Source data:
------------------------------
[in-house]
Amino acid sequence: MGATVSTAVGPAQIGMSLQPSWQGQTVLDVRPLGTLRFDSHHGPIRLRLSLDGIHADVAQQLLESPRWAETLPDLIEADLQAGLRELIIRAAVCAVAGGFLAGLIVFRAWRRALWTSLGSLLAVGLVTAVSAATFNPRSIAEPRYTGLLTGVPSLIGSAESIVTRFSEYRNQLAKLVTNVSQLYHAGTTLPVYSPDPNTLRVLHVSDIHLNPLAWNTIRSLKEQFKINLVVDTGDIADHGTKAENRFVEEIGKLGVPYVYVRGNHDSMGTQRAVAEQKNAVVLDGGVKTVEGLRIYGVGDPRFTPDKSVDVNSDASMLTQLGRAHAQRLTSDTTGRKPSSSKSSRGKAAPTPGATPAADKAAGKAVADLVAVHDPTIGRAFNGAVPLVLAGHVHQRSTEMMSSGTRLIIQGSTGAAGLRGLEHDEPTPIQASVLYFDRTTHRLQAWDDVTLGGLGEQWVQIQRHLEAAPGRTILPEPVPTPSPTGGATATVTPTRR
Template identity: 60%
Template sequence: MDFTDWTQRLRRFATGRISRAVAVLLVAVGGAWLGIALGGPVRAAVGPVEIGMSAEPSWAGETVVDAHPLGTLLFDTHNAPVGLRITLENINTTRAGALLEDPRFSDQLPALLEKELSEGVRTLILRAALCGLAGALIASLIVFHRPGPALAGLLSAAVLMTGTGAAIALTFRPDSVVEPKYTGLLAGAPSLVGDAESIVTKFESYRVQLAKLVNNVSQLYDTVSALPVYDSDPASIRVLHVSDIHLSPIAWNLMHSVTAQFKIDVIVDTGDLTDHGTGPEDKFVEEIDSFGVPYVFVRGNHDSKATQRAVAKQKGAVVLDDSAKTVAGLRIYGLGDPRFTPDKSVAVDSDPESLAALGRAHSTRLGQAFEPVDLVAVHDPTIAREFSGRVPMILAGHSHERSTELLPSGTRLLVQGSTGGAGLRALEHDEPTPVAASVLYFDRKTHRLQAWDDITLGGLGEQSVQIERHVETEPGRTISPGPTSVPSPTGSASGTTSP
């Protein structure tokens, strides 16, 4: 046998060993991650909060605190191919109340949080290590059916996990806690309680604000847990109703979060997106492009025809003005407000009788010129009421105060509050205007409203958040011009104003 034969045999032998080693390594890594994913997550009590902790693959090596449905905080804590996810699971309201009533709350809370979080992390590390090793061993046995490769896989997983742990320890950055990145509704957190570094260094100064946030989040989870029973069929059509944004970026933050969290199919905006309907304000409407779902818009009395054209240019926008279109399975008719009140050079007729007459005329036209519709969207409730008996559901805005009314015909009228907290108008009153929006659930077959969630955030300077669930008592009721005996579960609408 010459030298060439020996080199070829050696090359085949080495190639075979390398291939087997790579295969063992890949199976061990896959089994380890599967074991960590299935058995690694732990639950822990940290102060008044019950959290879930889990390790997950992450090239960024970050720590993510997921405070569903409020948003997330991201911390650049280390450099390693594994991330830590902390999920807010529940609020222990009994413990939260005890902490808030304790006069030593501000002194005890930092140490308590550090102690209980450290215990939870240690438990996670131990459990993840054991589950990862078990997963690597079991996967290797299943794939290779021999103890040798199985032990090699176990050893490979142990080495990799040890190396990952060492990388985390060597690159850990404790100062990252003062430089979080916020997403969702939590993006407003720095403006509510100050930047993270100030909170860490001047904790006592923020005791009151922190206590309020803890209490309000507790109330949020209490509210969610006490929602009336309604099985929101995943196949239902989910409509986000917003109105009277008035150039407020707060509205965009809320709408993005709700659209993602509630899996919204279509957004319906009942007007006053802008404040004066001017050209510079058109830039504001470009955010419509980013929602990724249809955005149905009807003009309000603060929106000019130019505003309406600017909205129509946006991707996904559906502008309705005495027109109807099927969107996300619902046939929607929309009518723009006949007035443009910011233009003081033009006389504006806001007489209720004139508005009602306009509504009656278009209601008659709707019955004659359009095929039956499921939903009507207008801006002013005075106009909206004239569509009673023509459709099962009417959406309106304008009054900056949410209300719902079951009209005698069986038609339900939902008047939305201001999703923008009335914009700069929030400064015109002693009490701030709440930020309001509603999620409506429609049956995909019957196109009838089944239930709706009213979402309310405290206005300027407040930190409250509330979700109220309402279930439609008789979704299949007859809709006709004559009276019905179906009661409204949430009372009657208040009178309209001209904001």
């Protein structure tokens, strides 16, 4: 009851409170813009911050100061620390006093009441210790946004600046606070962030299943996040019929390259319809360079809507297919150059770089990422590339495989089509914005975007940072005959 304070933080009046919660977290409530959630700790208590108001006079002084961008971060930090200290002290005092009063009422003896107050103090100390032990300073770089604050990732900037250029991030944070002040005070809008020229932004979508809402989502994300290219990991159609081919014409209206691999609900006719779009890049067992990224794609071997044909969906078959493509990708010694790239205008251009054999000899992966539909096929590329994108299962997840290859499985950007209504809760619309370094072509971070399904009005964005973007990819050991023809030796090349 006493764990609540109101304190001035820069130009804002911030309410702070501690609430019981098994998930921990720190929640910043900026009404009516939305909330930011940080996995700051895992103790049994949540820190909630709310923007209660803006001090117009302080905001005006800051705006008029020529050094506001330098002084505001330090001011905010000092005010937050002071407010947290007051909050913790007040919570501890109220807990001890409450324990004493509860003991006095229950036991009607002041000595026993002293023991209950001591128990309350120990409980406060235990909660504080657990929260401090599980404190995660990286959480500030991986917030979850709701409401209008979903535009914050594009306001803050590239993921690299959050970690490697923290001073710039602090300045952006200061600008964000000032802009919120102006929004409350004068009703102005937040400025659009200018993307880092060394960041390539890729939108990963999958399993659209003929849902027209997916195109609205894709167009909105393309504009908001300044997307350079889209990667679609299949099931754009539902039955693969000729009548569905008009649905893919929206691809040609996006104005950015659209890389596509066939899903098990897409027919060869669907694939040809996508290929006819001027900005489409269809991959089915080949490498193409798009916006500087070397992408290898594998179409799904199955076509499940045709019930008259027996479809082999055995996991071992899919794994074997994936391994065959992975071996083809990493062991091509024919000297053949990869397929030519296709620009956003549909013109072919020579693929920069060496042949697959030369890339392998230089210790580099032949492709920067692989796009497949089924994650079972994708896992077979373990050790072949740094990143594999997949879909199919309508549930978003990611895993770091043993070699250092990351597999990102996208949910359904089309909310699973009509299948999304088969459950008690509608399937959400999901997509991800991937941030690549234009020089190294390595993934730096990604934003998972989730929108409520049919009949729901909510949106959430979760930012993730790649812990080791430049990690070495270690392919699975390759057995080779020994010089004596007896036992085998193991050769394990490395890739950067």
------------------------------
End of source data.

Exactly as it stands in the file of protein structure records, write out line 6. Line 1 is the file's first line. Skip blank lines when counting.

């Protein structure tokens, strides 16, 4: 009851409170813009911050100061620390006093009441210790946004600046606070962030299943996040019929390259319809360079809507297919150059770089990422590339495989089509914005975007940072005959 304070933080009046919660977290409530959630700790208590108001006079002084961008971060930090200290002290005092009063009422003896107050103090100390032990300073770089604050990732900037250029991030944070002040005070809008020229932004979508809402989502994300290219990991159609081919014409209206691999609900006719779009890049067992990224794609071997044909969906078959493509990708010694790239205008251009054999000899992966539909096929590329994108299962997840290859499985950007209504809760619309370094072509971070399904009005964005973007990819050991023809030796090349 006493764990609540109101304190001035820069130009804002911030309410702070501690609430019981098994998930921990720190929640910043900026009404009516939305909330930011940080996995700051895992103790049994949540820190909630709310923007209660803006001090117009302080905001005006800051705006008029020529050094506001330098002084505001330090001011905010000092005010937050002071407010947290007051909050913790007040919570501890109220807990001890409450324990004493509860003991006095229950036991009607002041000595026993002293023991209950001591128990309350120990409980406060235990909660504080657990929260401090599980404190995660990286959480500030991986917030979850709701409401209008979903535009914050594009306001803050590239993921690299959050970690490697923290001073710039602090300045952006200061600008964000000032802009919120102006929004409350004068009703102005937040400025659009200018993307880092060394960041390539890729939108990963999958399993659209003929849902027209997916195109609205894709167009909105393309504009908001300044997307350079889209990667679609299949099931754009539902039955693969000729009548569905008009649905893919929206691809040609996006104005950015659209890389596509066939899903098990897409027919060869669907694939040809996508290929006819001027900005489409269809991959089915080949490498193409798009916006500087070397992408290898594998179409799904199955076509499940045709019930008259027996479809082999055995996991071992899919794994074997994936391994065959992975071996083809990493062991091509024919000297053949990869397929030519296709620009956003549909013109072919020579693929920069060496042949697959030369890339392998230089210790580099032949492709920067692989796009497949089924994650079972994708896992077979373990050790072949740094990143594999997949879909199919309508549930978003990611895993770091043993070699250092990351597999990102996208949910359904089309909310699973009509299948999304088969459950008690509608399937959400999901997509991800991937941030690549234009020089190294390595993934730096990604934003998972989730929108409520049919009949729901909510949106959430979760930012993730790649812990080791430049990690070495270690392919699975390759057995080779020994010089004596007896036992085998193991050769394990490395890739950067």